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Before I applied for my bachelor degree, I was unsure whether to take physics or mathematics because I liked both of them equally. Then I decided to go for a mathematics degree. Currently I am in the last year of that degree. During my time at university I published several research papers in theoretical physics in top journals in the field and I got several awards from my university. Also, in my mathematics degree, I have so far achieved the highest marks in my mathematics department. I have three months to graduate and I am looking to start a master’s degree.

I am an international student (outside Europe and America), and I am looking to continue my study in Europe, but there are several things that I am unsure about and I would appreciate some help on:

  1. Does publishing research papers in physics help me get a scholarship for a master’s in mathematics in Europe or is it irrelevant?

  2. Does publishing research papers in physics help me get a scholarship for a master’s in physics in Europe even though I have bachelor in Mathematics?

  • It'd be great if someone could answer this question. I have a similar concern. – Junaid Aftab Apr 11 '17 at 3:19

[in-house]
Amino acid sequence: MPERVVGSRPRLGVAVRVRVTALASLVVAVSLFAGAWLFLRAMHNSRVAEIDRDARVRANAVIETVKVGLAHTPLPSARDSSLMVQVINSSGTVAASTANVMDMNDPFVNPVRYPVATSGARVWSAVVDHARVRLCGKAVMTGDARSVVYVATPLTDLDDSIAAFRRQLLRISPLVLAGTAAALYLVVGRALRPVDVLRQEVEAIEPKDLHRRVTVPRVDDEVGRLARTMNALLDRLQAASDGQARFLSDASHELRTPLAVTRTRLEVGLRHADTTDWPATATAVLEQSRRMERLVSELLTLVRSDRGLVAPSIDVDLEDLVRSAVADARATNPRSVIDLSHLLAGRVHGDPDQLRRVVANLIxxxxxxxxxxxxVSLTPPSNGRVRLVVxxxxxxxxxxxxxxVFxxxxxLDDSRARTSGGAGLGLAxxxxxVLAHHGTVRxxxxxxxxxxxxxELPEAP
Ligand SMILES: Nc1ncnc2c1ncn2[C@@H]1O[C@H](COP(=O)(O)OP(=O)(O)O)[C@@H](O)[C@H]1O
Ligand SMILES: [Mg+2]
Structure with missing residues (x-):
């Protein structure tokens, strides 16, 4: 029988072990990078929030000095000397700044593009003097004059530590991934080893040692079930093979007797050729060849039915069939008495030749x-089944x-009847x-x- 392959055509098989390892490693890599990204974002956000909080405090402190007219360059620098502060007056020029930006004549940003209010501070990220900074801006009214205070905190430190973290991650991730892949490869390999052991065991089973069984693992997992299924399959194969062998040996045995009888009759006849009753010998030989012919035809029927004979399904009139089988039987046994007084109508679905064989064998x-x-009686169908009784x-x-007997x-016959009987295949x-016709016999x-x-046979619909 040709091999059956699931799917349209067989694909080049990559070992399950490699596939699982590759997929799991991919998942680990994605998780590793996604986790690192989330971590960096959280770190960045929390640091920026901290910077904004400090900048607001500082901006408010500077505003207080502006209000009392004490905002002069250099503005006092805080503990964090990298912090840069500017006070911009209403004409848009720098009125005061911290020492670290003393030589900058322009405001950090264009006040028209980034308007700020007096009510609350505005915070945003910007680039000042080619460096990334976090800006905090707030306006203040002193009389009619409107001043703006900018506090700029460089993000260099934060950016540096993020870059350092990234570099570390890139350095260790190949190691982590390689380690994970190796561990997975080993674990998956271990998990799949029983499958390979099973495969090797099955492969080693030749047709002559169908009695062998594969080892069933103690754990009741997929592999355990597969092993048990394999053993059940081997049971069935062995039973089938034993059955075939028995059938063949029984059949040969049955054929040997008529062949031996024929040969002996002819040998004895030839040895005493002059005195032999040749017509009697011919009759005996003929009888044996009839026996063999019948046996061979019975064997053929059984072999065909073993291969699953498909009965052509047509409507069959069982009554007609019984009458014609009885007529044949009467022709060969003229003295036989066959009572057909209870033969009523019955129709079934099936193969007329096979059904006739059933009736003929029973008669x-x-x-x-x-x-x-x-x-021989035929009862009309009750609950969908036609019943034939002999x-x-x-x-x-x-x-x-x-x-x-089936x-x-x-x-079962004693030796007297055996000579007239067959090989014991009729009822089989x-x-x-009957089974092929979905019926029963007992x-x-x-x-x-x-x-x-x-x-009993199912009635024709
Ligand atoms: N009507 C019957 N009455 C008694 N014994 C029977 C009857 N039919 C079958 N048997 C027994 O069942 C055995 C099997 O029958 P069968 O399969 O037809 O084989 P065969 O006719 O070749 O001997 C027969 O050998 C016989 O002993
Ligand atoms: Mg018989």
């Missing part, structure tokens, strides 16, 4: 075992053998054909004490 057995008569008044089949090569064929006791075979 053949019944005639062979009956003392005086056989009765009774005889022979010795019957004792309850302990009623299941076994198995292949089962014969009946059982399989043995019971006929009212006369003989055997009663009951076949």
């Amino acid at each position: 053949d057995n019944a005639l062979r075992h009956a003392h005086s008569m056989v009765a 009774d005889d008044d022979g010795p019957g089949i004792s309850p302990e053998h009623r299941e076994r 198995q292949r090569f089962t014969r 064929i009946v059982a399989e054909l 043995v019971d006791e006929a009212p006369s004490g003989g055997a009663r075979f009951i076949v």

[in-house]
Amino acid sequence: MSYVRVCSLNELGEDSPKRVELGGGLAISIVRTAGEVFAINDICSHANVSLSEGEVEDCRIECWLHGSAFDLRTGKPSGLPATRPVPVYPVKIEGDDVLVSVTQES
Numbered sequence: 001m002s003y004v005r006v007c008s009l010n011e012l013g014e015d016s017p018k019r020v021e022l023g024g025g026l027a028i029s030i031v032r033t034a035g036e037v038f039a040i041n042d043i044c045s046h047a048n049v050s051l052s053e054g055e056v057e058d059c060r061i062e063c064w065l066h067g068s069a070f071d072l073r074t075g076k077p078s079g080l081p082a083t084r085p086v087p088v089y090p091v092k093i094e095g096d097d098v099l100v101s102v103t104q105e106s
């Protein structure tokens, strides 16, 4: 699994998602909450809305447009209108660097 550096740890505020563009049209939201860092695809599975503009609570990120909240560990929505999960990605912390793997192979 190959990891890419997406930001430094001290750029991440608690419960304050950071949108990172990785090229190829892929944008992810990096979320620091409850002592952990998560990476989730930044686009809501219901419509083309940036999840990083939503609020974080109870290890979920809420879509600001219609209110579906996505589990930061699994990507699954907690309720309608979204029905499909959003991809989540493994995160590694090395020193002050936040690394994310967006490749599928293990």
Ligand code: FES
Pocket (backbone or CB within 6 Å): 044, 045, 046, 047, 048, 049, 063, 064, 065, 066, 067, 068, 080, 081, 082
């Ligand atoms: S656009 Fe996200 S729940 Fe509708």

• @JunaidAftab - If this is important to you, consider starting a bounty on this question (see link right under the comments). – eykanal Apr 13 '17 at 19:24
  • @JunaidAftab does my answer help your situation? – user70612 Apr 16 '17 at 8:38
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It looks like you have a very strong case for either choice, I am not familiar with the regulations in Europe, but can give a general perspective.

Consider, you have:

  • what appears to be a very strong publication history in the theoretical physics field
  • a very strong academic record (including awards) for mathematics.

On face value, you have clearly demonstrated your capacity to publish research in top journals, you have demonstrable knowledge of the subject areas and you have shown initiative.

Given that a lot of physics has a significant complex mathematical content (and both form part of the broader 'STEM' fields), then there are 'demonstrable transferable skills' that can crossover between the two disciplines. In that regard, as an example, I originally studied geology, particularly geophysics - the demonstrable analytical and data modelling skills helped me to get into the Masters (and eventually the PhD) in physics.

Asking the admissions people in the desired universities about the specific requirements would help clarify this.

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The answer to both of your questions is "yes". Indeed, publishing original research in any STEM field has at least some (and usually quite a substantial) positive impact on graduate school applications for programs in other STEM fields.

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